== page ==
Take time this month to perform a home hunt for hazards to identify and prevent potential hazards in your home. (December’s “Prepare in a Year” topic will go into more detail, but you can get a head start now!)
- Ensure large items like furniture, bookshelves and water heaters are properly secured so they won’t fall.
- Move or secure hanging pictures, mirrors and breakable items to prevent falling and breaking.
- Prevent injury from broken glass by moving your beds away from windows.
- Consider purchasing a battery, solar powered or hand crank radio to be able to receive alerts before, during and after an emergency.
- Sign up for Mason County ALERT at to receive emergency alerts. Mason County ALERT SignUp Link
- Finally, practice what you would do during an earthquake at the various places you frequent, such as home, work, school, church, etc.
Don’t forget to participate in the Great Washington Shake Out (www.shakeout.org/washington) on October 17th at 10:17am. Over 860,000 Washingtonians will drop, cover and hold on wherever they happen to be during this statewide drill.
During an Earthquake
The best method to prevent injury when an earthquake starts is to drop, cover and hold on.
- Drop onto your hands and knees wherever you are. This position protects you from being knocked down and allows you to stay low and crawl to shelter nearby.
- Cover your head and neck with one arm and hand. If a sturdy table or desk is nearby, crawl underneath it for shelter. If there is no nearby shelter, crawl next to an interior wall away from windows. Stay on your knees; bend over to protect vital organs.
- Hold On until shaking stops. You want to move with your shelter as it shifts. If you do not have shelter, hold on to your head and neck with both arms and hands.
How to Respond in Specific Situations
How you respond is dependent on where you are at when an earthquake occurs. The following are some general tips for what to do in these instances.
- In bed: Do not get out of bed. You are less likely to get injured if you do not move. Cover your head and neck with a pillow and lie face down to protect your body from harm.
- In a high-rise: Drop, Cover, and Hold On. Stay near interior walls. Do not use elevators. Do not be surprised if the sprinkler system or fire alarms activate.
- In a store: Drop, Cover, and Hold On. Use items in your surroundings to help with protection like shopping carts, clothing racks and the first level of warehouse racks.
- Outdoors: Stay outside. Move to a clear area and Drop, Cover, and Hold On. You are less likely to be hurt by falling objects if you stay away from them.
- Driving: Pull over to the side of the road. Stop and set the parking brake. DO NOT stop under overpasses, bridges, power lines, signs and other hazards. Stay inside your car. If a power line falls on your car, stay inside until it is removed by trained personnel.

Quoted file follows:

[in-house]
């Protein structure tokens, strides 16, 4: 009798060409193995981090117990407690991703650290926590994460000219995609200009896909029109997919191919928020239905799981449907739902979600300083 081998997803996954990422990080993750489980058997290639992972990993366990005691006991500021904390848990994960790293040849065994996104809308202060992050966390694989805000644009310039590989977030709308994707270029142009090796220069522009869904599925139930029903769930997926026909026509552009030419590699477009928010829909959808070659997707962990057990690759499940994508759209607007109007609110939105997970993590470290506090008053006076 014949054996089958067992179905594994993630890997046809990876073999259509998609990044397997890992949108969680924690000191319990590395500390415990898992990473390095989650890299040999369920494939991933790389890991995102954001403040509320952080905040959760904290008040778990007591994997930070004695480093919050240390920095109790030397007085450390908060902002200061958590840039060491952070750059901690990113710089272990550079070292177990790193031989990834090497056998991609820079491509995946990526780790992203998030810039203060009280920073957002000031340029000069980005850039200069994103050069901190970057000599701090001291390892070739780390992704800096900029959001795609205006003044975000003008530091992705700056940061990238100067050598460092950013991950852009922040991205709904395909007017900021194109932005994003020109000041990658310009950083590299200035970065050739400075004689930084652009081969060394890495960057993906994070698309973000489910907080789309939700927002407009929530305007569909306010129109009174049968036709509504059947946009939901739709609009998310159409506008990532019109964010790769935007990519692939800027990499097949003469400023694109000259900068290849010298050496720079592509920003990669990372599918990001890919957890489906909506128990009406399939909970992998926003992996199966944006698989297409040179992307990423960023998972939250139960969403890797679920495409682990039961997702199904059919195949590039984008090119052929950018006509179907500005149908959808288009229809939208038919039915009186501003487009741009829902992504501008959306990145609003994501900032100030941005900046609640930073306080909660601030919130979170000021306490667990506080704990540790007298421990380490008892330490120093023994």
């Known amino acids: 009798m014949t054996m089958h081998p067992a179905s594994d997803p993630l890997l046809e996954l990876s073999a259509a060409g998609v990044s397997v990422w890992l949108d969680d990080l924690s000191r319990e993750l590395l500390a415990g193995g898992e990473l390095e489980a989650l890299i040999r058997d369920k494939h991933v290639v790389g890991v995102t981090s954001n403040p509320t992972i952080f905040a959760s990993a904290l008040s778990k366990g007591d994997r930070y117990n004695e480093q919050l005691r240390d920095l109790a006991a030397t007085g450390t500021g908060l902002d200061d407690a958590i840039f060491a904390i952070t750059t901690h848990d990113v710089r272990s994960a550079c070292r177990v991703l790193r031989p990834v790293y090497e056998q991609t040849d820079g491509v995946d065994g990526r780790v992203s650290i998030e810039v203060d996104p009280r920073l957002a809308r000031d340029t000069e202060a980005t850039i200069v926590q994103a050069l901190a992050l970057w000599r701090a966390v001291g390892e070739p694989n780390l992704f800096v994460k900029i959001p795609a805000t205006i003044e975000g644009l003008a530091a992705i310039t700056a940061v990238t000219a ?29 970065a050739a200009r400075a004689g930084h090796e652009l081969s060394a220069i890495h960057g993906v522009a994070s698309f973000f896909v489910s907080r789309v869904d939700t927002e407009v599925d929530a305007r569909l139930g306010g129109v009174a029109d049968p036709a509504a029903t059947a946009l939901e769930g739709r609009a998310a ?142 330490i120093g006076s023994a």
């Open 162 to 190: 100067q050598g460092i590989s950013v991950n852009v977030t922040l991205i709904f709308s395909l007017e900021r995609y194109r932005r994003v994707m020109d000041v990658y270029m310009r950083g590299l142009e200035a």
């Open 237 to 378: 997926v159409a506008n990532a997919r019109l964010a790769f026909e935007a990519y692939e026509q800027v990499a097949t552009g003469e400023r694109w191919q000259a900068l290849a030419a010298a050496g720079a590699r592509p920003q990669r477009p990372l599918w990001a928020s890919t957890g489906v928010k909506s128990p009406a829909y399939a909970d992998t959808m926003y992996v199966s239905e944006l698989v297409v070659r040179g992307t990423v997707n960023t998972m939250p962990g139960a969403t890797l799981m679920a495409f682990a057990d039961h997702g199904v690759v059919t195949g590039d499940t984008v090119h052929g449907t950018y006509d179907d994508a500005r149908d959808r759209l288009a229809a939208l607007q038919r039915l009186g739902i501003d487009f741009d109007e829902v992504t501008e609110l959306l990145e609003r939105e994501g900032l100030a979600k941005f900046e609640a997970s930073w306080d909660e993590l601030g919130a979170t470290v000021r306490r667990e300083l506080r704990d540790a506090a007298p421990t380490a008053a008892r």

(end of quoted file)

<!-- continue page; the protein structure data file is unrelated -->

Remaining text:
- In a stadium or theater: Drop, Cover and Hold On either on the ground in front of your seat or leaning over as much as possible in your seat. When exiting the building, walk out slowly and keep an eye out for things that could fall during aftershocks.
- Near the shore: Drop, Cover and Hold On. When the shaking subsides, do not run, but walk quickly inland or to higher ground for safety in case a tsunami occurs.
What You Should Not Do During an Earthquake
DO NOT run outside or to other rooms during shaking. Being anywhere near an outside building wall is dangerous as these are often the first parts of a building to collapse in an earthquake. Stay inside if you are inside. Stay outside if you are outside.
DO NOT stand in a doorway. Modern houses are no longer built in a way in which door frames are strong enough to withstand the effects of an earthquake. It is safer for you to seek shelter under a table.
After the Shaking Stops
Once the earthquake has stopped, expect aftershocks.
- Be prepared to prevent further injuries by knowing how to extinguish small fires that may have started. Review last month’s post on fire safety for a refresher on how to extinguish small fires.
- Clean up any household chemical spills and inspecting your home for damage.
- Ensure you and your family are safe before assisting others nearby.
September Focus: Fire Safety
When it comes to fire, be smart! Below are simple steps to take to keep your home and family safe.
Fire Hazards: Take a few minutes this month to do a fire hazard hunt. Did you know cooking fires are the number one cause of home fires? Start your hazard hunt in the kitchen.
- Keep towels and wooden utensils away from the stove and burners.
- Unplug appliances when they are not in use.